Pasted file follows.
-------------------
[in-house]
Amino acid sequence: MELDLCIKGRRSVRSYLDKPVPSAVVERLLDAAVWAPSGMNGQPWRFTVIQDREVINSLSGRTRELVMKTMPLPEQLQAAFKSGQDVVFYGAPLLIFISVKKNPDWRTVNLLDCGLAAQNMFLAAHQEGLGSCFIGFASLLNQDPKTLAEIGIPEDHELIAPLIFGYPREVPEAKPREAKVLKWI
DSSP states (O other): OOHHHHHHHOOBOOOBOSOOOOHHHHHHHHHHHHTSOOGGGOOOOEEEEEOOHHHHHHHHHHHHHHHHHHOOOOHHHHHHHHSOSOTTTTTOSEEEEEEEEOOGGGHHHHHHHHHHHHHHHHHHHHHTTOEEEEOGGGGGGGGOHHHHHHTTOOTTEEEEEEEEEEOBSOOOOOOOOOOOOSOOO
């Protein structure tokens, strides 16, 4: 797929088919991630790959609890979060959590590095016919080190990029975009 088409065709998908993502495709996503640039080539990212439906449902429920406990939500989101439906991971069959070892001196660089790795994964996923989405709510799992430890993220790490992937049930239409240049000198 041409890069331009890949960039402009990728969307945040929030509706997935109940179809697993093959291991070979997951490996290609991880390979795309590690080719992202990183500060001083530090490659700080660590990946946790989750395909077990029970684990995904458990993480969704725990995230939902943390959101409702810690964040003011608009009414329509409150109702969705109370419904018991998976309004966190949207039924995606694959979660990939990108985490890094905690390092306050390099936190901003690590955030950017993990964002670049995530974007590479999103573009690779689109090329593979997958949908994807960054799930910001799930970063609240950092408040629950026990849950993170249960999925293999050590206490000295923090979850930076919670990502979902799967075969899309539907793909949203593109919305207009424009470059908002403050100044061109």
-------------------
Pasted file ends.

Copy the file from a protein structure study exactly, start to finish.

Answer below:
[in-house]
Amino acid sequence: MELDLCIKGRRSVRSYLDKPVPSAVVERLLDAAVWAPSGMNGQPWRFTVIQDREVINSLSGRTRELVMKTMPLPEQLQAAFKSGQDVVFYGAPLLIFISVKKNPDWRTVNLLDCGLAAQNMFLAAHQEGLGSCFIGFASLLNQDPKTLAEIGIPEDHELIAPLIFGYPREVPEAKPREAKVLKWI
DSSP states (O other): OOHHHHHHHOOBOOOBOSOOOOHHHHHHHHHHHHTSOOGGGOOOOEEEEEOOHHHHHHHHHHHHHHHHHHOOOOHHHHHHHHSOSOTTTTTOSEEEEEEEEOOGGGHHHHHHHHHHHHHHHHHHHHHTTOEEEEOGGGGGGGGOHHHHHHTTOOTTEEEEEEEEEEOBSOOOOOOOOOOOOSOOO
């Protein structure tokens, strides 16, 4: 797929088919991630790959609890979060959590590095016919080190990029975009 088409065709998908993502495709996503640039080539990212439906449902429920406990939500989101439906991971069959070892001196660089790795994964996923989405709510799992430890993220790490992937049930239409240049000198 041409890069331009890949960039402009990728969307945040929030509706997935109940179809697993093959291991070979997951490996290609991880390979795309590690080719992202990183500060001083530090490659700080660590990946946790989750395909077990029970684990995904458990993480969704725990995230939902943390959101409702810690964040003011608009009414329509409150109702969705109370419904018991998976309004966190949207039924995606694959979660990939990108985490890094905690390092306050390099936190901003690590955030950017993990964002670049995530974007590479999103573009690779689109090329593979997958949908994807960054799930910001799930970063609240950092408040629950026990849950993170249960999925293999050590206490000295923090979850930076919670990502979902799967075969899309539907793909949203593109919305207009424009470059908002403050100044061109």